On a Friday night in spring of 2010, nearly 150 Catholic students at the University of Nebraska-Lincoln gathered at their Newman Center to share their ideas for a rebuilding project.

With iPhones in hand, the students found photographs of churches around the world and pointed out their favorite features: soaring arches, intricate stained glass, communion rails.

Over the next five years, artisans and donors from across the world worked diligently to help the dreams of these Nebraskan students become a reality.

The resulting St. Thomas Aquinas Catholic Church and Newman Center is a bow to tradition and a beacon of hope and adoration of God in the heart of a secular campus.

The original mural of storm clouds behind the altar has been replaced with a massive, awe-inspiring stained glass window. At the center of the window is a youthful Christ with an exposed sacred heart. Fourteen saints and blesseds are gathered in adoration around Christ. Students hand-picked each of the men and women, with the exception of Saint Albert – the 13th century saint stands to the left of his student Saint Thomas Aquinas to depict the importance of student-teacher relationships.

The simple, gold tabernacle that used to stand alone behind the altar is now housed in a grand, repurposed 125-year-old altar of repose with gold, red, and blue detailing. An outdoor courtyard on the north side of the Church has been replaced with a Marian chapel.

A new dome floods the Church with natural light. The dome's pendentives mirror those in St. Peter's Basilica: depicting St. Longinus, St. Veronica, St. Andrew, and St. Helena.

Above the altar hangs a crucifix handmade in Italy by 4th generation wood carvers, who were reportedly surprised to hear that they were making the crucifix for a Church on a college campus in Nebraska.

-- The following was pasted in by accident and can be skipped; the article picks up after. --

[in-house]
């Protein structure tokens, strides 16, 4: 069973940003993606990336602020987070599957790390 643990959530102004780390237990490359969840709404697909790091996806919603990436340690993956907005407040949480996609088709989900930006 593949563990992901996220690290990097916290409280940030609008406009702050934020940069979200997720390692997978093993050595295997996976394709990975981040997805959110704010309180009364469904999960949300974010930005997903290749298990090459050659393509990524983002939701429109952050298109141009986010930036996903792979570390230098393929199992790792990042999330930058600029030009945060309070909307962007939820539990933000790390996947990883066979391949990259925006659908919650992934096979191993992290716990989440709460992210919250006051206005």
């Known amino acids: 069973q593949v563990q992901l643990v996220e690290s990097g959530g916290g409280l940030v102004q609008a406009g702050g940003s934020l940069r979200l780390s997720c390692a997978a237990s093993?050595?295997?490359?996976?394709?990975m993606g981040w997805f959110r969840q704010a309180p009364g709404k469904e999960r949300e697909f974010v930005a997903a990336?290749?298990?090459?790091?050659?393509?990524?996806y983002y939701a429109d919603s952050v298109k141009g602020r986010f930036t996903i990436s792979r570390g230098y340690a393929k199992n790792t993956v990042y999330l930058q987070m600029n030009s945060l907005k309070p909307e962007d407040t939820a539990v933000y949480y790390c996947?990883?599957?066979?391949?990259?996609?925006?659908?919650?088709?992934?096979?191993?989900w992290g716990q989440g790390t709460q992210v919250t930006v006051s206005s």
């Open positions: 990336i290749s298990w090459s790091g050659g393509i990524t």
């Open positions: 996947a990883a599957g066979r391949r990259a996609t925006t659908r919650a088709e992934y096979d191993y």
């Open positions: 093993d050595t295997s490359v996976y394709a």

Bishop James Conley of Lincoln dedicated the new church on Divine Mercy Sunday. He dedicated the also new Newman Center complex on Thursday after a highly anticipated student Mass.

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In his homily at Sunday's dedication of the church, Bishop Conley said he believed the new church will inspire students to become the saints of UNL.

"This church is a witness to the universal vocation of holiness," Bishop Conley said. "Behind me, in this stained glass, are ordinary men and women who were made holy through God's mercy...These saints lived different vocations, in different times, in different circumstances. Together they point to an enduring truth – in Jesus Christ, holiness is possible. And holiness can transform the world."

Lead architect Kevin Clark told CNA St. Thomas Aquinas Church is transforming everyone's understanding of what a church can be.

"A renovation of a church doesn't have to follow trends," Clark said. He explained that UNL students desired a church rooted in tradition; a church that could offer stability in the midst of tumultuous college life.

St. Thomas Aquinas Church was offering that stability even before its renovation.